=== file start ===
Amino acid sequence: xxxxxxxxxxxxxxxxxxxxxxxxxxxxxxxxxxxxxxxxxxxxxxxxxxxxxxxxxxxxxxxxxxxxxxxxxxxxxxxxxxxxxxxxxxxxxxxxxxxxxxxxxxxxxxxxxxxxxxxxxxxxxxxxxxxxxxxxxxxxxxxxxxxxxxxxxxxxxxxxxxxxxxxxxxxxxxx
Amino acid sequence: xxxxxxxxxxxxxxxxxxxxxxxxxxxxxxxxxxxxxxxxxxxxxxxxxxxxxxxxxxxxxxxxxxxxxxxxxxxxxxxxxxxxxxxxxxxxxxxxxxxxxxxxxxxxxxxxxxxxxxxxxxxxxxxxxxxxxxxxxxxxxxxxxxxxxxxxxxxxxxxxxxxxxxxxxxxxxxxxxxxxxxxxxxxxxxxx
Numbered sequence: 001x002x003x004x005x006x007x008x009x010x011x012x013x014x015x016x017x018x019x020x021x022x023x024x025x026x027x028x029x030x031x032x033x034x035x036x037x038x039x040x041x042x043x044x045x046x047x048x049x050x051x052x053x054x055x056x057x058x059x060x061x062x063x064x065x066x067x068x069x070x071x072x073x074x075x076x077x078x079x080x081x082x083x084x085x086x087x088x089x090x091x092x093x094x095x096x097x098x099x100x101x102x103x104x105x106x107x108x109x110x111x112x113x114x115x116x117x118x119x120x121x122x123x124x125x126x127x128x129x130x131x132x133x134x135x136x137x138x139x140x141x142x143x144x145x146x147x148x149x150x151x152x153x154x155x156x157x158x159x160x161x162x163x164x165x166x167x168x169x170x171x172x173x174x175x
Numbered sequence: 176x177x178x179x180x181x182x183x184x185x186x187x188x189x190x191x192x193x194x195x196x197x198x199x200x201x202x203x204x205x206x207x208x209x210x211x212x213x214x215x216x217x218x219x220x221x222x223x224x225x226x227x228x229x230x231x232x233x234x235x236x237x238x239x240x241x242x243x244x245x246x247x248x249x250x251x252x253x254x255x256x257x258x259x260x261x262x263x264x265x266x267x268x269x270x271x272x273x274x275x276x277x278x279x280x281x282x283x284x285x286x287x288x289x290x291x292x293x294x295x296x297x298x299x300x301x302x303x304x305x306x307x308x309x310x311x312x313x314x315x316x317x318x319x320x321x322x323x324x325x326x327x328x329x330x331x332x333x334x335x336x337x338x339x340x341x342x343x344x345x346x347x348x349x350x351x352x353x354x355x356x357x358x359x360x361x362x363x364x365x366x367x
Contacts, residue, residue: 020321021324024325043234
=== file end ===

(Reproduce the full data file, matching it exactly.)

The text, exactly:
Amino acid sequence: xxxxxxxxxxxxxxxxxxxxxxxxxxxxxxxxxxxxxxxxxxxxxxxxxxxxxxxxxxxxxxxxxxxxxxxxxxxxxxxxxxxxxxxxxxxxxxxxxxxxxxxxxxxxxxxxxxxxxxxxxxxxxxxxxxxxxxxxxxxxxxxxxxxxxxxxxxxxxxxxxxxxxxxxxxxxxxx
Amino acid sequence: xxxxxxxxxxxxxxxxxxxxxxxxxxxxxxxxxxxxxxxxxxxxxxxxxxxxxxxxxxxxxxxxxxxxxxxxxxxxxxxxxxxxxxxxxxxxxxxxxxxxxxxxxxxxxxxxxxxxxxxxxxxxxxxxxxxxxxxxxxxxxxxxxxxxxxxxxxxxxxxxxxxxxxxxxxxxxxxxxxxxxxxxxxxxxxxx
Numbered sequence: 001x002x003x004x005x006x007x008x009x010x011x012x013x014x015x016x017x018x019x020x021x022x023x024x025x026x027x028x029x030x031x032x033x034x035x036x037x038x039x040x041x042x043x044x045x046x047x048x049x050x051x052x053x054x055x056x057x058x059x060x061x062x063x064x065x066x067x068x069x070x071x072x073x074x075x076x077x078x079x080x081x082x083x084x085x086x087x088x089x090x091x092x093x094x095x096x097x098x099x100x101x102x103x104x105x106x107x108x109x110x111x112x113x114x115x116x117x118x119x120x121x122x123x124x125x126x127x128x129x130x131x132x133x134x135x136x137x138x139x140x141x142x143x144x145x146x147x148x149x150x151x152x153x154x155x156x157x158x159x160x161x162x163x164x165x166x167x168x169x170x171x172x173x174x175x
Numbered sequence: 176x177x178x179x180x181x182x183x184x185x186x187x188x189x190x191x192x193x194x195x196x197x198x199x200x201x202x203x204x205x206x207x208x209x210x211x212x213x214x215x216x217x218x219x220x221x222x223x224x225x226x227x228x229x230x231x232x233x234x235x236x237x238x239x240x241x242x243x244x245x246x247x248x249x250x251x252x253x254x255x256x257x258x259x260x261x262x263x264x265x266x267x268x269x270x271x272x273x274x275x276x277x278x279x280x281x282x283x284x285x286x287x288x289x290x291x292x293x294x295x296x297x298x299x300x301x302x303x304x305x306x307x308x309x310x311x312x313x314x315x316x317x318x319x320x321x322x323x324x325x326x327x328x329x330x331x332x333x334x335x336x337x338x339x340x341x342x343x344x345x346x347x348x349x350x351x352x353x354x355x356x357x358x359x360x361x362x363x364x365x366x367x
Contacts, residue, residue: 020321021324024325043234